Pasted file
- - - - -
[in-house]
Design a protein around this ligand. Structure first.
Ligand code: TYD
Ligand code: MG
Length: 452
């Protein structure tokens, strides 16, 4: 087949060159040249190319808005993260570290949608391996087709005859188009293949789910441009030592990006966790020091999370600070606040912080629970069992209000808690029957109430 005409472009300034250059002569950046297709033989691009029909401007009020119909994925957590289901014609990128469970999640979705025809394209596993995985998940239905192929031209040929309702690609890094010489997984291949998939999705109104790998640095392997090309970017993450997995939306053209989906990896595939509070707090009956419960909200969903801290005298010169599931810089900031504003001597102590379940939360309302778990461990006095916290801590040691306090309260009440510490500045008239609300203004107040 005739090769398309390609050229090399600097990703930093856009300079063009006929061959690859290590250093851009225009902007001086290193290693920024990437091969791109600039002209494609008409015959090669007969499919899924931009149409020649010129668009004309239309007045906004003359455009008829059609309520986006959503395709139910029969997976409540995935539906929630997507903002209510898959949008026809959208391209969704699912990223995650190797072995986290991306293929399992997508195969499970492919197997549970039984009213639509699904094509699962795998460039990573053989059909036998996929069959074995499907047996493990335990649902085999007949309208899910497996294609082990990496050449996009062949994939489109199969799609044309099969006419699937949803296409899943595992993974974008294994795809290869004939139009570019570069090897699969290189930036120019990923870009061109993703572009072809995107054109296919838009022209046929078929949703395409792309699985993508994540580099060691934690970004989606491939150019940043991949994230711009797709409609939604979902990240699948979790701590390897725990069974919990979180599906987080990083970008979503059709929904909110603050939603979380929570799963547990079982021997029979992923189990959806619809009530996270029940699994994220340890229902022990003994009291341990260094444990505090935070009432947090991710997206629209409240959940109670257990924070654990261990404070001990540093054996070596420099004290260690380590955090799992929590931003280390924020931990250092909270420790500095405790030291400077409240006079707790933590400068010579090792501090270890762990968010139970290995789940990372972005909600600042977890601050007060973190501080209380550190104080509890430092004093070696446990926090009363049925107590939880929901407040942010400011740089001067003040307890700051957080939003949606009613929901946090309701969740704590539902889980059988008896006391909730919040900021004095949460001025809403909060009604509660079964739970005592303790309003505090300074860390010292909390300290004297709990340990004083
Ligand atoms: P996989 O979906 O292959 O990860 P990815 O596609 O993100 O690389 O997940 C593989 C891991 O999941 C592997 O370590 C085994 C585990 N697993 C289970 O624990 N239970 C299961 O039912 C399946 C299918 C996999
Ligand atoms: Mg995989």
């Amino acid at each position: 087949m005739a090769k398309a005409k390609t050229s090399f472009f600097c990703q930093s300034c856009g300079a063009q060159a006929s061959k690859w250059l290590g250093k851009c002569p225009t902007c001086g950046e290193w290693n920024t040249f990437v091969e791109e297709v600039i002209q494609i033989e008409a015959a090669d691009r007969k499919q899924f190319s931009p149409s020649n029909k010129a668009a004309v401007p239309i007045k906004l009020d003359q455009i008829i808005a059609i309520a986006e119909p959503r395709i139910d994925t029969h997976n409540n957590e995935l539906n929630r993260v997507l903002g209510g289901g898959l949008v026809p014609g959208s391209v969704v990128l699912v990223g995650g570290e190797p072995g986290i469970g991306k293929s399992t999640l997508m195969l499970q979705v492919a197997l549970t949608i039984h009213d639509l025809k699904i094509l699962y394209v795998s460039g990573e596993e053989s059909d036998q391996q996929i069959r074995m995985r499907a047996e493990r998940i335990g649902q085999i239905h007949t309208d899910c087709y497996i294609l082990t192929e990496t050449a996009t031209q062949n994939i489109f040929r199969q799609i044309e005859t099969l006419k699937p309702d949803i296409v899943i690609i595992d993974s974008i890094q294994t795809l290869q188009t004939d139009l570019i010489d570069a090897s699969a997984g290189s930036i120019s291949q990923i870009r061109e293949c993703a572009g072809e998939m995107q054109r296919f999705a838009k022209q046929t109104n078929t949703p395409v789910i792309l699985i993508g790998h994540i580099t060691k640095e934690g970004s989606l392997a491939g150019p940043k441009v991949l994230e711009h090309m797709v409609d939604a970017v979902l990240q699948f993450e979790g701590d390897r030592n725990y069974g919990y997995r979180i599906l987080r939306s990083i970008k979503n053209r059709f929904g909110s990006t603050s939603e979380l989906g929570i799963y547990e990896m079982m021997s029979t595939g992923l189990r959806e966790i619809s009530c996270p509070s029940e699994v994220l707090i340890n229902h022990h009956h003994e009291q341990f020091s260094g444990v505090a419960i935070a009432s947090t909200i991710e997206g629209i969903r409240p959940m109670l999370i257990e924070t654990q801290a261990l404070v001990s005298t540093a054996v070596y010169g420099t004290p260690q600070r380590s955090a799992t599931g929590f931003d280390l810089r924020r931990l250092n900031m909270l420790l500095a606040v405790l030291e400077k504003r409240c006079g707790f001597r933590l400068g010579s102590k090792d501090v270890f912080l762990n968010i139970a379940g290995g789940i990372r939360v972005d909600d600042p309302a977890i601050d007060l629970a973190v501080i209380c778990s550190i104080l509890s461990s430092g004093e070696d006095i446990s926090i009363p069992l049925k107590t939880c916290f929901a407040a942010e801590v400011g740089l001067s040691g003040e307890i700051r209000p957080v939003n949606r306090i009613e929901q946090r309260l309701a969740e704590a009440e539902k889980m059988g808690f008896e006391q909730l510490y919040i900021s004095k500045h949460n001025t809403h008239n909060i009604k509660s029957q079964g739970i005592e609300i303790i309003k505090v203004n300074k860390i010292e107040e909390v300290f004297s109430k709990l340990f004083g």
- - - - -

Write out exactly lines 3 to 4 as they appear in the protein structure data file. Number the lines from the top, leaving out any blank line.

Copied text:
Ligand code: TYD
Ligand code: MG